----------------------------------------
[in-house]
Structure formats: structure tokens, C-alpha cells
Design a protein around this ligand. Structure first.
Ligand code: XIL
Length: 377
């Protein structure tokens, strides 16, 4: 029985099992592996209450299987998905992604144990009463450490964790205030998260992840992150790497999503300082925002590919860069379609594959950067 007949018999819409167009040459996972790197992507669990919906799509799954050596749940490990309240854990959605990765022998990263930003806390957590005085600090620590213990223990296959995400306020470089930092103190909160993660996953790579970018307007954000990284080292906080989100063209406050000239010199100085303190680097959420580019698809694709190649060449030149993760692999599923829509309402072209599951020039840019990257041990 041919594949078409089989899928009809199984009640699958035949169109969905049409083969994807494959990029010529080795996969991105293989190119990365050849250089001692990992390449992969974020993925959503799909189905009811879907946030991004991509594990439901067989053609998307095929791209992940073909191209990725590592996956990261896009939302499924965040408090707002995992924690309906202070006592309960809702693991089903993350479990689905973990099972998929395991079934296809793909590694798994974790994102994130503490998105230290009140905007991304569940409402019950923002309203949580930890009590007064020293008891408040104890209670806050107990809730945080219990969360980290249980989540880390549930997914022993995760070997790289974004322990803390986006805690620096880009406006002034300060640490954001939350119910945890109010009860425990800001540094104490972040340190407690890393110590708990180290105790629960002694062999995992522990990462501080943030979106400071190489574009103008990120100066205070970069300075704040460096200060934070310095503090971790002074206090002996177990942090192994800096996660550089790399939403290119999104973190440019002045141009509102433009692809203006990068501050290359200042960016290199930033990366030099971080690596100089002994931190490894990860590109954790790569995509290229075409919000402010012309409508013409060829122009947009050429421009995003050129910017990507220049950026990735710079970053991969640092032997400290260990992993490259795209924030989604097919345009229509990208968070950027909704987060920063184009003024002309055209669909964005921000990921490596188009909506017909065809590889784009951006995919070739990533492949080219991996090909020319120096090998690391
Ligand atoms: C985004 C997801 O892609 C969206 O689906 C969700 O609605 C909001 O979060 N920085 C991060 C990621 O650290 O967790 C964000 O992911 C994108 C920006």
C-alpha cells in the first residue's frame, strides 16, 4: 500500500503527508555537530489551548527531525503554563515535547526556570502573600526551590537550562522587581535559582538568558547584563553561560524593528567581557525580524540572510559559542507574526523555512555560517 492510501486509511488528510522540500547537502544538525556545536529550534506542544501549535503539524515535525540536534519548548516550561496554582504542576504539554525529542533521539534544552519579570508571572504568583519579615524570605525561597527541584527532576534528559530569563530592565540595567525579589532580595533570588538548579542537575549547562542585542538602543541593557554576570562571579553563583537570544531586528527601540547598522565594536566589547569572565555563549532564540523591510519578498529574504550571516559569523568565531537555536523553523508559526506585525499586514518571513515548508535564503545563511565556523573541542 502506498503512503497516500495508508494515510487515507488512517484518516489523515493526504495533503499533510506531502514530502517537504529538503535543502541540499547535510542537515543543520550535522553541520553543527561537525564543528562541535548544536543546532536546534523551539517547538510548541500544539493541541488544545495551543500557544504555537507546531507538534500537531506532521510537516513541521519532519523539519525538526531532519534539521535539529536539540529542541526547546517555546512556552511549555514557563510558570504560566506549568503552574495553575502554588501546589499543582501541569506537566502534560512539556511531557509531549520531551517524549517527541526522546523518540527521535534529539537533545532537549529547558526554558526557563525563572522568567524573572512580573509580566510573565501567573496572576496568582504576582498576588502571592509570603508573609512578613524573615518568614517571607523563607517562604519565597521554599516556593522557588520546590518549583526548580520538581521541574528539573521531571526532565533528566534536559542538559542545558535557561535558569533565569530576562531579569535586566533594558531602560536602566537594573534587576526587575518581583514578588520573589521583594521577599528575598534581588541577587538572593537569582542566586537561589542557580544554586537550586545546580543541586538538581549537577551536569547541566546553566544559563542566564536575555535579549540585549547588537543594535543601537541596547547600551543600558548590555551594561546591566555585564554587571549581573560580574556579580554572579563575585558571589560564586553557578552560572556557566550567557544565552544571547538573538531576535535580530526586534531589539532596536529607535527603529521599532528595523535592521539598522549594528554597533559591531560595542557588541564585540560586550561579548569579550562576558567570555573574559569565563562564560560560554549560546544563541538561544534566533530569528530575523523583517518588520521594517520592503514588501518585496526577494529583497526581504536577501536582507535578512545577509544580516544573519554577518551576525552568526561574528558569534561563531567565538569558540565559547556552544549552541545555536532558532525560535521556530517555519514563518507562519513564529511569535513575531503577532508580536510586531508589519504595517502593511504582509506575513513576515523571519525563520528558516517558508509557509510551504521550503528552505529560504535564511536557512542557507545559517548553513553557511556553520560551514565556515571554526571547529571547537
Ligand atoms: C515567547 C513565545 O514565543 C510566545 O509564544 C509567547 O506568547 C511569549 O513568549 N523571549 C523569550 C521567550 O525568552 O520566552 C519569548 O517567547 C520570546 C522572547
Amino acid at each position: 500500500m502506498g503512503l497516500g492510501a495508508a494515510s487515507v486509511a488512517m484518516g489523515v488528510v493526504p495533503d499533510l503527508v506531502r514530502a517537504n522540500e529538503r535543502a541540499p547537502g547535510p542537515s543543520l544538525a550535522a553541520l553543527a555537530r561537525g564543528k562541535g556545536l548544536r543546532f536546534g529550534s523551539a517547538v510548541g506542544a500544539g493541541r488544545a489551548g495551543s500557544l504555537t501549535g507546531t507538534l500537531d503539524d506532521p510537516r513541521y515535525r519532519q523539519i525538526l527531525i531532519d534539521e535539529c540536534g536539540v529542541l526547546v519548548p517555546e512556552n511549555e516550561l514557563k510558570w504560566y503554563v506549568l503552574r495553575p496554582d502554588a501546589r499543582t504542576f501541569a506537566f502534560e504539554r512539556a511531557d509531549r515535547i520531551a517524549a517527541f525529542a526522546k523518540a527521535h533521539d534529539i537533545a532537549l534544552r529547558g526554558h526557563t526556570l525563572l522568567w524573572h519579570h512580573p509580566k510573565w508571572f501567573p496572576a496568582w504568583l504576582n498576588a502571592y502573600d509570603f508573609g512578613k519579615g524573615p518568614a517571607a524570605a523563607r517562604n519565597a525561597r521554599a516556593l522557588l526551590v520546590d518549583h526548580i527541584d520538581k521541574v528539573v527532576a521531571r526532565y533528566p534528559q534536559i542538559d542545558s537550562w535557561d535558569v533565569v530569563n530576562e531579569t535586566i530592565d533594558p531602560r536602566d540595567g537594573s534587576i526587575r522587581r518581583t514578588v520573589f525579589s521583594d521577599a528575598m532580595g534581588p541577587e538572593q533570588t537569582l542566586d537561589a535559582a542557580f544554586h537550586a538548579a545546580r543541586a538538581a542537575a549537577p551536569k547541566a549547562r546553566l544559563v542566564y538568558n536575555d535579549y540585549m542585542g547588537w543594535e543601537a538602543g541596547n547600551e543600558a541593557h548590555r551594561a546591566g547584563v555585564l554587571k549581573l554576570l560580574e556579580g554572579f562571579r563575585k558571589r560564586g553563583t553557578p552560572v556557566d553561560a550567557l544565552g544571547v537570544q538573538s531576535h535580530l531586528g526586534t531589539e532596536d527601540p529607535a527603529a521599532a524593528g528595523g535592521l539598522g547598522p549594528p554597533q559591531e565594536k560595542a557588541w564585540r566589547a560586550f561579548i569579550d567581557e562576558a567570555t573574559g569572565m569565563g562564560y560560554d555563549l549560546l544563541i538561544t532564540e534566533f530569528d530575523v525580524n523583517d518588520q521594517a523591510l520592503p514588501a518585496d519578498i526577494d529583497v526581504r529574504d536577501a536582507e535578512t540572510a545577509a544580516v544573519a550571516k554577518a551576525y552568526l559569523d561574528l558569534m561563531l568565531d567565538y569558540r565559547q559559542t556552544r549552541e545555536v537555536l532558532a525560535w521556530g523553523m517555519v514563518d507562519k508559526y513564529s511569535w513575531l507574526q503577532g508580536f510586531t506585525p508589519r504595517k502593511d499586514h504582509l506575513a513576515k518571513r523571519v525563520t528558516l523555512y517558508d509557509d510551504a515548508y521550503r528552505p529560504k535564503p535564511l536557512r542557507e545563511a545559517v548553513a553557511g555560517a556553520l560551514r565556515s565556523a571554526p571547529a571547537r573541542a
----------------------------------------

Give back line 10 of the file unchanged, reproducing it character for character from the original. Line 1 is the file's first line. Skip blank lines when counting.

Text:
Amino acid at each position: 500500500m502506498g503512503l497516500g492510501a495508508a494515510s487515507v486509511a488512517m484518516g489523515v488528510v493526504p495533503d499533510l503527508v506531502r514530502a517537504n522540500e529538503r535543502a541540499p547537502g547535510p542537515s543543520l544538525a550535522a553541520l553543527a555537530r561537525g564543528k562541535g556545536l548544536r543546532f536546534g529550534s523551539a517547538v510548541g506542544a500544539g493541541r488544545a489551548g495551543s500557544l504555537t501549535g507546531t507538534l500537531d503539524d506532521p510537516r513541521y515535525r519532519q523539519i525538526l527531525i531532519d534539521e535539529c540536534g536539540v529542541l526547546v519548548p517555546e512556552n511549555e516550561l514557563k510558570w504560566y503554563v506549568l503552574r495553575p496554582d502554588a501546589r499543582t504542576f501541569a506537566f502534560e504539554r512539556a511531557d509531549r515535547i520531551a517524549a517527541f525529542a526522546k523518540a527521535h533521539d534529539i537533545a532537549l534544552r529547558g526554558h526557563t526556570l525563572l522568567w524573572h519579570h512580573p509580566k510573565w508571572f501567573p496572576a496568582w504568583l504576582n498576588a502571592y502573600d509570603f508573609g512578613k519579615g524573615p518568614a517571607a524570605a523563607r517562604n519565597a525561597r521554599a516556593l522557588l526551590v520546590d518549583h526548580i527541584d520538581k521541574v528539573v527532576a521531571r526532565y533528566p534528559q534536559i542538559d542545558s537550562w535557561d535558569v533565569v530569563n530576562e531579569t535586566i530592565d533594558p531602560r536602566d540595567g537594573s534587576i526587575r522587581r518581583t514578588v520573589f525579589s521583594d521577599a528575598m532580595g534581588p541577587e538572593q533570588t537569582l542566586d537561589a535559582a542557580f544554586h537550586a538548579a545546580r543541586a538538581a542537575a549537577p551536569k547541566a549547562r546553566l544559563v542566564y538568558n536575555d535579549y540585549m542585542g547588537w543594535e543601537a538602543g541596547n547600551e543600558a541593557h548590555r551594561a546591566g547584563v555585564l554587571k549581573l554576570l560580574e556579580g554572579f562571579r563575585k558571589r560564586g553563583t553557578p552560572v556557566d553561560a550567557l544565552g544571547v537570544q538573538s531576535h535580530l531586528g526586534t531589539e532596536d527601540p529607535a527603529a521599532a524593528g528595523g535592521l539598522g547598522p549594528p554597533q559591531e565594536k560595542a557588541w564585540r566589547a560586550f561579548i569579550d567581557e562576558a567570555t573574559g569572565m569565563g562564560y560560554d555563549l549560546l544563541i538561544t532564540e534566533f530569528d530575523v525580524n523583517d518588520q521594517a523591510l520592503p514588501a518585496d519578498i526577494d529583497v526581504r529574504d536577501a536582507e535578512t540572510a545577509a544580516v544573519a550571516k554577518a551576525y552568526l559569523d561574528l558569534m561563531l568565531d567565538y569558540r565559547q559559542t556552544r549552541e545555536v537555536l532558532a525560535w521556530g523553523m517555519v514563518d507562519k508559526y513564529s511569535w513575531l507574526q503577532g508580536f510586531t506585525p508589519r504595517k502593511d499586514h504582509l506575513a513576515k518571513r523571519v525563520t528558516l523555512y517558508d509557509d510551504a515548508y521550503r528552505p529560504k535564503p535564511l536557512r542557507e545563511a545559517v548553513a553557511g555560517a556553520l560551514r565556515s565556523a571554526p571547529a571547537r573541542a